Extracting the optimal amount of power from an array of tidal turbines requires an intricate understanding of tidal dynamics and the effects of turbine placement on the local and regional scale flow. Numerical models have contributed significantly towards this understanding, and more recently, adjoint-based modelling has been employed to optimise the positioning of the turbines in an array in an automated way and improve on simple man-made configurations (e.g. structured grids of turbines) [1]. Adjoint-based optimisation of high-resolution and ideally 3D transient models is generally a very computationally expensive problem. Multiple approaches are therefore used in practice to obtain feasible runtimes: using high viscosity values to obtain a steady-state solution, or a sequence of steady-state solutions for "time-varying" setups; limiting the number of adjoint computations; or reformulating the problem to allow for coarser mesh resolution to make it feasible for resources assessment (e.g. [2] , [3]). However, such compromises may affect the reliability of the modelled turbines, their wakes and interactions, and thus bring into question the validity of the computed optimal turbine positions. This work considers a suite of idealised simulations of flow past tidal turbine arrays in a two-dimensional channel. It compares four regular array configurations, detailed by Divett et al. [4] , with the configuration found through adjoint optimisation in a steady-state, high-viscosity setup. The optimised configuration produces considerably more power than the other configurations (approximately 40% more than the best man-made configuration). The same configurations are then used to produce a suite of transient simulations that do not use constant high-viscosity, and instead use large eddy simulation (LES) to parameterise the resulting turbulent structures. All simulations are performed using OpenTidalFarm [1]. It is shown that the 'low background viscosity'/LES simu

  • Journal article
    Hylton N, Hinrichsen TF, Vaquero-Stainer AR, Yoshida M, Pusch A, Hopkinson M, Hess O, Phillips CC, Ekins-Daukes NJet al., 2016,

    Photoluminescence upconversion at GaAs/InGaP2 interfaces driven by a sequential two-photon absorption mechanism

    , Physical Review B, Vol: 93, ISSN: 2469-9950

    This paper reports on the results of an investigation into the nature of photoluminescence upconversion at GaAs/InGaP2 interfaces. Using a dual-beam excitation experiment, we demonstrate that the upconversion in our sample proceeds via a sequential two-photon optical absorption mechanism. Measurements of photoluminescence and upconversion photoluminescence revealed evidence of the spatial localization of carriers in the InGaP2 material, arising from partial ordering of the InGaP2. We also observed the excitation of a two-dimensional electron gas at the GaAs/InGaP2 heterojunction that manifests as a high-energy shoulder in the GaAs photoluminescence spectrum. Furthermore, the results of upconversion photoluminescence excitation spectroscopy demonstrate that the photon energy onset of upconversion luminescence coincides with the energy of the two-dimensional electron gas at the GaAs/InGaP2 interface, suggesting that charge accumulation at the interface can play a crucial role in the upconversion process.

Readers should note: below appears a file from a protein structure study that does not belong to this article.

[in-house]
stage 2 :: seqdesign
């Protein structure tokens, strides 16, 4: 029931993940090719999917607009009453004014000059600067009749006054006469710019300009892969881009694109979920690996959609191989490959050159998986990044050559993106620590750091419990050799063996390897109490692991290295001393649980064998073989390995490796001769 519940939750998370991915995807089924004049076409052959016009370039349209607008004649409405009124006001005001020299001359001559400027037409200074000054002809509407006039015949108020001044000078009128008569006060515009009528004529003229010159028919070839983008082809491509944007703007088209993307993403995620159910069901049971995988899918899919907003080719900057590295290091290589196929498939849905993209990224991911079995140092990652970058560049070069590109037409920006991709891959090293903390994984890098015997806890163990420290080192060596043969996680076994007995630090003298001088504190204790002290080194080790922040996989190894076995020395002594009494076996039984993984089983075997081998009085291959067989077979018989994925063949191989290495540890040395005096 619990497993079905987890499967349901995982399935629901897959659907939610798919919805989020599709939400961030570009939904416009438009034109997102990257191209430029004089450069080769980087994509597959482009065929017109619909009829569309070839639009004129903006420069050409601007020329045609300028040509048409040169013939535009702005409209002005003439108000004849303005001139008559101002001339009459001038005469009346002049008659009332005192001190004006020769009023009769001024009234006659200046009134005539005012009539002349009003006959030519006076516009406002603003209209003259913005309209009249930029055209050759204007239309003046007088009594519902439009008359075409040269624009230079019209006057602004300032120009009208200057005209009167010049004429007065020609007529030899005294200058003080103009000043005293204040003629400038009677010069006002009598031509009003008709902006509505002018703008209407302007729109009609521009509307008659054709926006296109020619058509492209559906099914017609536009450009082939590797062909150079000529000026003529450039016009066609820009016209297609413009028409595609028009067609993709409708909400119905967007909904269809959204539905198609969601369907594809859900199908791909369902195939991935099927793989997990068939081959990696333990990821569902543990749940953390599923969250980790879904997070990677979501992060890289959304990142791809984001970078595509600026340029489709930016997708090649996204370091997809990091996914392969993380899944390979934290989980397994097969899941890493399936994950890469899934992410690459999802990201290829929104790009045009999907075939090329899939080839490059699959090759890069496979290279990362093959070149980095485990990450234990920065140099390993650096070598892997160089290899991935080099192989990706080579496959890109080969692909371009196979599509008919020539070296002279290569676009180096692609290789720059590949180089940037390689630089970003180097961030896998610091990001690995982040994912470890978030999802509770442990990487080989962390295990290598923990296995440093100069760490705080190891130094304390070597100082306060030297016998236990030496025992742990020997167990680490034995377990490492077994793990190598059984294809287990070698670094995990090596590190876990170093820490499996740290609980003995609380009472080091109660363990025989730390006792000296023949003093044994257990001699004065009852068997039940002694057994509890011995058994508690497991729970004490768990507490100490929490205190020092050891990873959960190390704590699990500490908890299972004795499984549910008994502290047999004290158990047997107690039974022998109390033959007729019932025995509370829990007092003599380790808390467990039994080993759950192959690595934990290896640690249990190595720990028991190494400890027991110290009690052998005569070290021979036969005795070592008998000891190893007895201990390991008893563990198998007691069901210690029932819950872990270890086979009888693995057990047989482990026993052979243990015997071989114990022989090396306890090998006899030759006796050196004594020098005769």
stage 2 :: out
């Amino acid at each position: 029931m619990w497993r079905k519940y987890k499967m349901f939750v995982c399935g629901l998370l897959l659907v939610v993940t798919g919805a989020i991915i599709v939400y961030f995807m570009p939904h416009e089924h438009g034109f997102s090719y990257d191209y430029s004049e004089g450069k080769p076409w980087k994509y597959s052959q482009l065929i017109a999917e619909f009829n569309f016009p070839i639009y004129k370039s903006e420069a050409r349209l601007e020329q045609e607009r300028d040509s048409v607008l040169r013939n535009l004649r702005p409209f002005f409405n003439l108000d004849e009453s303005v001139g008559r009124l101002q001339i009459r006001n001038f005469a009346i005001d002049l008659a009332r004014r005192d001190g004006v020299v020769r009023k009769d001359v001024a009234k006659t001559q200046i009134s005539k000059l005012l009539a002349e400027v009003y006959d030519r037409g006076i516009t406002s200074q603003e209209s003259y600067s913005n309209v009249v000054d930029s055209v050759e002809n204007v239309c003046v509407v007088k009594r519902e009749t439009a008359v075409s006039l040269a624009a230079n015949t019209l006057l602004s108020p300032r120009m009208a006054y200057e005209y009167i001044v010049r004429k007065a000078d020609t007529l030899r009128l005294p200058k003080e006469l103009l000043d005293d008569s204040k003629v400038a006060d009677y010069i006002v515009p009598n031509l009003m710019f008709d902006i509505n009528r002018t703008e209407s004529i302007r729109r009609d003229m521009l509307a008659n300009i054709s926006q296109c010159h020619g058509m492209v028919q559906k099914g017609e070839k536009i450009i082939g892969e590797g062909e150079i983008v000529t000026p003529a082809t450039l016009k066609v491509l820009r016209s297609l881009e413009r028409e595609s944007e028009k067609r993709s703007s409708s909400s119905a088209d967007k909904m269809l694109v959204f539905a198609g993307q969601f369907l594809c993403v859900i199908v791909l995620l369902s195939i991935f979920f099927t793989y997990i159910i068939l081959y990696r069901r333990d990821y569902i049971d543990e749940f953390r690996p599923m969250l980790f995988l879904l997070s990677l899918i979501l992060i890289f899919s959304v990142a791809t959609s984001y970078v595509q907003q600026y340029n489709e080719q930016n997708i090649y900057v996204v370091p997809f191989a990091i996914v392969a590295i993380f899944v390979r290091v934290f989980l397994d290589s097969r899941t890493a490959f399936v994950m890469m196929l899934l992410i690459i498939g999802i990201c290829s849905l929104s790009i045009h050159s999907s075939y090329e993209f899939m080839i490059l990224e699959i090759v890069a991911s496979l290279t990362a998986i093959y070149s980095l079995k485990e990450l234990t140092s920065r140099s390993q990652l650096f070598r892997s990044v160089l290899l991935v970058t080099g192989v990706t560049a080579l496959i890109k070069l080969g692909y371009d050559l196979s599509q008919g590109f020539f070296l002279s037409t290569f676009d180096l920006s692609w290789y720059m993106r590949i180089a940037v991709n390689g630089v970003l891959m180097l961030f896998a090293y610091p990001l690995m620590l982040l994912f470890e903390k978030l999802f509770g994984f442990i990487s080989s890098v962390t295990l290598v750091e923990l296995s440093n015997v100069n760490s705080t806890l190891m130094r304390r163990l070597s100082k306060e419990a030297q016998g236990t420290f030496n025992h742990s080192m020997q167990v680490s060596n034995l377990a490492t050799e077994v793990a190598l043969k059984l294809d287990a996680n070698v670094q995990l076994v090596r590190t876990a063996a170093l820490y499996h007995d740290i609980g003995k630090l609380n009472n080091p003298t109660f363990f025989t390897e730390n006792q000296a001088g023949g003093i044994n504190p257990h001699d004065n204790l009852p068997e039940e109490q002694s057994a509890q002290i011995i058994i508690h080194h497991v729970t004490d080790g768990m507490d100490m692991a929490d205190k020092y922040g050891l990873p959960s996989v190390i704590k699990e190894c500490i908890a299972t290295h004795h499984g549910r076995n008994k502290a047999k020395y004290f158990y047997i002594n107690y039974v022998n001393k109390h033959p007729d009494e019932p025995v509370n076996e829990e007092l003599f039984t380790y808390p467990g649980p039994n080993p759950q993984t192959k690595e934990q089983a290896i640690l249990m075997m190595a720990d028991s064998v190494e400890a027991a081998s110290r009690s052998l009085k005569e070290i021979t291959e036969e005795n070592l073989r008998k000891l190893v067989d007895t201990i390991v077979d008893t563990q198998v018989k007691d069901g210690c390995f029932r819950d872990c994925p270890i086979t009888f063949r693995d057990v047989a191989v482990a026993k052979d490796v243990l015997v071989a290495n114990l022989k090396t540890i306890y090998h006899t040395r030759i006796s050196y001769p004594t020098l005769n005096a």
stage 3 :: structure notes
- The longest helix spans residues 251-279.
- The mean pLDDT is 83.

• Journal article
    Gambhir A, Sandwell P, Nelson J, 2016,

    The future costs of OPV - A bottom-up model of material and manufacturing costs with uncertainty analysis

    , Solar Energy Materials and Solar Cells, Vol: 156, Pages: 49-58, ISSN: 0927-0248

    Organic photovoltaic (OPV) technology has the potential to provide cheap solar electricity, given advances in low-cost production and module efficiency and lifetime. However, several uncertainties remain in terms of the future costs of OPV modules, which depend on future material and manufacturing costs, as well as key performance characteristics. This assessment takes an engineering-based approach to assessing the potential future cost of each component of OPV modules, as well as the future scale of OPV production plants and associated scale economies, using stochastic analysis to account for uncertainty. The analysis suggests that OPV module costs could fall within a (interquartile) range of US$0.23–0.34/Wp, with a median cost estimate of US$0.28/Wp in the near-term, with future costs most sensitive to manufacturing scale, cell efficiency and module fill factor. This compares to a projected range of module costs for more established PV technologies (crystalline silicon, cadmium telluride and copper indium gallium selenide) of US$0.35–0.6/Wp by 2020. In levelised cost of electricity terms, OPV could compete with the established technologies in both roof- and ground-mounted systems if it can achieve a 10-year lifetime.